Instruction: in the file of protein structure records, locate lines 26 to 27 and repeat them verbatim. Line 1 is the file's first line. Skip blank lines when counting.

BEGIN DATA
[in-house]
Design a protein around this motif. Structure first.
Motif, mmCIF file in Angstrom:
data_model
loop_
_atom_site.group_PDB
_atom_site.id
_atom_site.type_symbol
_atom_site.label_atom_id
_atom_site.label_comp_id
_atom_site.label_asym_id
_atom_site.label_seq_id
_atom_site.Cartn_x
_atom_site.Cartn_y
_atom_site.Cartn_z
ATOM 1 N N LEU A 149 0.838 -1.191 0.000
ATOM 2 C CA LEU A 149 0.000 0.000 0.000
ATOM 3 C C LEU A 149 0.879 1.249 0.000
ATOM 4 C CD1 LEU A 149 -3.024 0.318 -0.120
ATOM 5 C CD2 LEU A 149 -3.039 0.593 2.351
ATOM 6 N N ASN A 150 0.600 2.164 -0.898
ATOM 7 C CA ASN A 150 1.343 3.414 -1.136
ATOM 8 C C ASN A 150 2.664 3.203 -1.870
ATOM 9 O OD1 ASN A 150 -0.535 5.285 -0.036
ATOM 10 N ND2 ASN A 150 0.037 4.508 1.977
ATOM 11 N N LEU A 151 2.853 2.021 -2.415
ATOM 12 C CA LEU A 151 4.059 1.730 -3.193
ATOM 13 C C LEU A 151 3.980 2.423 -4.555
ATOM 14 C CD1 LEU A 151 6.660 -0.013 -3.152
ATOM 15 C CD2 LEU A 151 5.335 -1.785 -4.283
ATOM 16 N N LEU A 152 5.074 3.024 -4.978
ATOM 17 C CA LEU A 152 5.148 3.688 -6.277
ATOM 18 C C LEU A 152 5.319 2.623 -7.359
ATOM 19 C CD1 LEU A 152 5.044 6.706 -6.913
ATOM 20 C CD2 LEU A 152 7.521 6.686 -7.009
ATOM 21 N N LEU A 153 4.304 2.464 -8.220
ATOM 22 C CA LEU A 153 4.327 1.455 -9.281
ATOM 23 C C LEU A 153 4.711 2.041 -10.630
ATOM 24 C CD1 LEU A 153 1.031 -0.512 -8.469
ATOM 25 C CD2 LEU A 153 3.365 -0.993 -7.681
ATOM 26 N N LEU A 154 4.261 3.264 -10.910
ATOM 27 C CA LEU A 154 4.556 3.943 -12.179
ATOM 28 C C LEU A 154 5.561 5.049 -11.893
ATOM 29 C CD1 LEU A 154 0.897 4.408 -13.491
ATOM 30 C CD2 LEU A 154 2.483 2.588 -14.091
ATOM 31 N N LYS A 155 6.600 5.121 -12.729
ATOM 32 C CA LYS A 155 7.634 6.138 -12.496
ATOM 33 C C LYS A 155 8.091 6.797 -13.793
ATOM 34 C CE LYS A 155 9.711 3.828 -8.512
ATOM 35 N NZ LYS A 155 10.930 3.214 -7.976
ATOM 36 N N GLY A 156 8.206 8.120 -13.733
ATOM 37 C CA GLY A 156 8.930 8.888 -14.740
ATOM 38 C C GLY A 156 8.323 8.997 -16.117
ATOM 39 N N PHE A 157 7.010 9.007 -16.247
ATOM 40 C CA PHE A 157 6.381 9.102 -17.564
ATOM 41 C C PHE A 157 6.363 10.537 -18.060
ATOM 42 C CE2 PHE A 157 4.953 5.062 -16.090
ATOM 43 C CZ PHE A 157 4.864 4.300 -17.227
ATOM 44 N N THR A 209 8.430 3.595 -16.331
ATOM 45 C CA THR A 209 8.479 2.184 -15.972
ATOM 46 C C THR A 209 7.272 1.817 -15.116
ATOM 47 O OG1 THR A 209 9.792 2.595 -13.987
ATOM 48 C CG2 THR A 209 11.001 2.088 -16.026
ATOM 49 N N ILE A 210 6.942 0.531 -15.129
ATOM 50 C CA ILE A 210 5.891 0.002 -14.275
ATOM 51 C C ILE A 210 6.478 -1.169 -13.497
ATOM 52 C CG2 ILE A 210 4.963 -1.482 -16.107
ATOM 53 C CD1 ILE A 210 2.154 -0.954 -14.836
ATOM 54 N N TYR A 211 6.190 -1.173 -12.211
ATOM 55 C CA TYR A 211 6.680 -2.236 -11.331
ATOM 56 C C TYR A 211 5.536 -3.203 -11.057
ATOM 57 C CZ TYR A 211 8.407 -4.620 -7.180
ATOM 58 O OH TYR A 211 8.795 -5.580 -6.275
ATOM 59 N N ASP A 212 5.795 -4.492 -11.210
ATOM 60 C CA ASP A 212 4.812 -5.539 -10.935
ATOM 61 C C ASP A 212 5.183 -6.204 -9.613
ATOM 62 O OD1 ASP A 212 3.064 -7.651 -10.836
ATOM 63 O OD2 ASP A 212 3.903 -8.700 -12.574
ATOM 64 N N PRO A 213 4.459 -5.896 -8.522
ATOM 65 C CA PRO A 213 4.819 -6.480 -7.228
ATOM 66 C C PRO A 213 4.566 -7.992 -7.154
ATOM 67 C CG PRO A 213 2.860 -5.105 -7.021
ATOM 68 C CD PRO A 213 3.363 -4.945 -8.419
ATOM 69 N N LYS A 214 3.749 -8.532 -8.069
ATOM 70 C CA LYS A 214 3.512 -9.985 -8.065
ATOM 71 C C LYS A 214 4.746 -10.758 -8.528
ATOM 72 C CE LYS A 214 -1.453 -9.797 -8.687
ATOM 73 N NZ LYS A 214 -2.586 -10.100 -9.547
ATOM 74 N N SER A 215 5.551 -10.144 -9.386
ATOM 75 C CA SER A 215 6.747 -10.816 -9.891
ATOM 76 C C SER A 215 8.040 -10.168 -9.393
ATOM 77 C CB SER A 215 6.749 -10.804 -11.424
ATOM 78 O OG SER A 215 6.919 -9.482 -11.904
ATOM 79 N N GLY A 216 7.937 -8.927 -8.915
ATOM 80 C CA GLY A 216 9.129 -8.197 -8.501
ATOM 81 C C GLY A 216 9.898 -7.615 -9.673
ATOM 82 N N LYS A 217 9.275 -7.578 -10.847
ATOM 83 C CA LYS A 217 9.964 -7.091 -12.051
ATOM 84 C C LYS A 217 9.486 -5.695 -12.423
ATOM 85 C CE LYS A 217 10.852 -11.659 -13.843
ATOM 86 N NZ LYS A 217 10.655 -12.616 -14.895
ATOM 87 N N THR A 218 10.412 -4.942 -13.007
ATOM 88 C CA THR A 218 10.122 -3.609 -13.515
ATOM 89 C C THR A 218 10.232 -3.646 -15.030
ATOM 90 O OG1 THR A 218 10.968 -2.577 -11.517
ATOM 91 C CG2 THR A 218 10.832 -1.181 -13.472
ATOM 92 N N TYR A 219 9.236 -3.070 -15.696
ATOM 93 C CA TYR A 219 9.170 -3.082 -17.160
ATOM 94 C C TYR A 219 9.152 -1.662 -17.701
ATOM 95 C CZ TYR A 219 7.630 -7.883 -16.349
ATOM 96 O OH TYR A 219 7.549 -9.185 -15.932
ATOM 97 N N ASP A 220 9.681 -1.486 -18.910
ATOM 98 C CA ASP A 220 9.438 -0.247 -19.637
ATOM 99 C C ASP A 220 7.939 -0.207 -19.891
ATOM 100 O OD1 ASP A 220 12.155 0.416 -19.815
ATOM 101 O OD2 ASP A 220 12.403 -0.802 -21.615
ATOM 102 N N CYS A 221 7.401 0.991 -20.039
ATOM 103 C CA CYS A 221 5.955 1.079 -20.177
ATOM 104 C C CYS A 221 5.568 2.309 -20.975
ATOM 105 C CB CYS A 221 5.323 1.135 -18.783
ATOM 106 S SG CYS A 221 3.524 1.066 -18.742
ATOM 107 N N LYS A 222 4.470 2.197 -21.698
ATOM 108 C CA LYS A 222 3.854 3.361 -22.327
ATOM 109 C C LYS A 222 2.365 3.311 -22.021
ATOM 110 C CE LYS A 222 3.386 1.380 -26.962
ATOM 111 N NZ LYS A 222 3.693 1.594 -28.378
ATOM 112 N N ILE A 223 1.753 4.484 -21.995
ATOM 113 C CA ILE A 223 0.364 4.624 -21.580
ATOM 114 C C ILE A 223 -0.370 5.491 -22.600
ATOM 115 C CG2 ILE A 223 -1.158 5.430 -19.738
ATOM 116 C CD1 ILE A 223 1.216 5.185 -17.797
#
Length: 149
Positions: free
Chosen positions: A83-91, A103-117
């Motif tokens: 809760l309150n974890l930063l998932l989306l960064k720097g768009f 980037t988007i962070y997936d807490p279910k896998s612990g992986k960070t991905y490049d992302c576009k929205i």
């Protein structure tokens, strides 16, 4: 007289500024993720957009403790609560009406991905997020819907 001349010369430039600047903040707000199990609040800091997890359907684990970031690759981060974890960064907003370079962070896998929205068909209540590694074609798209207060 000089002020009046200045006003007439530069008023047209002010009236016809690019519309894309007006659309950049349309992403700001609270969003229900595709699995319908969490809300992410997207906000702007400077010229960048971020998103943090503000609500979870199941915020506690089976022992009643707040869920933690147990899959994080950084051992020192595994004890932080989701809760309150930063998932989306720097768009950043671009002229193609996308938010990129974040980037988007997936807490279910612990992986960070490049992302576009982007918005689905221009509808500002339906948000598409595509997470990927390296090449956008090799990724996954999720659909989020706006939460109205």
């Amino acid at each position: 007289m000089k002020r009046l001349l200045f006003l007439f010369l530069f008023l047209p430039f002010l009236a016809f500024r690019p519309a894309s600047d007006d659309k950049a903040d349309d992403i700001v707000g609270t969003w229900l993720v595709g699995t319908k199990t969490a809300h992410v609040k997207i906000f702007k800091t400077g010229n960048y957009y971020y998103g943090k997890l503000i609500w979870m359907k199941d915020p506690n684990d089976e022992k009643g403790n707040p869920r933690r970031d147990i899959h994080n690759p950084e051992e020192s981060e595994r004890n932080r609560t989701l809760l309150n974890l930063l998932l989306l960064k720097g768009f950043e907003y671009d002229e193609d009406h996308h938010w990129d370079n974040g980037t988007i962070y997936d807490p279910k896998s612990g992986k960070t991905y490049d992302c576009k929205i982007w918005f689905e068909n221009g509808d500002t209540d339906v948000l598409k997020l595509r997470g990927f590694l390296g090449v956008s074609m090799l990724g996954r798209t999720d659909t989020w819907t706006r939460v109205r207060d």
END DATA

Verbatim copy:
ATOM 11 N N LEU A 151 2.853 2.021 -2.415
ATOM 12 C CA LEU A 151 4.059 1.730 -3.193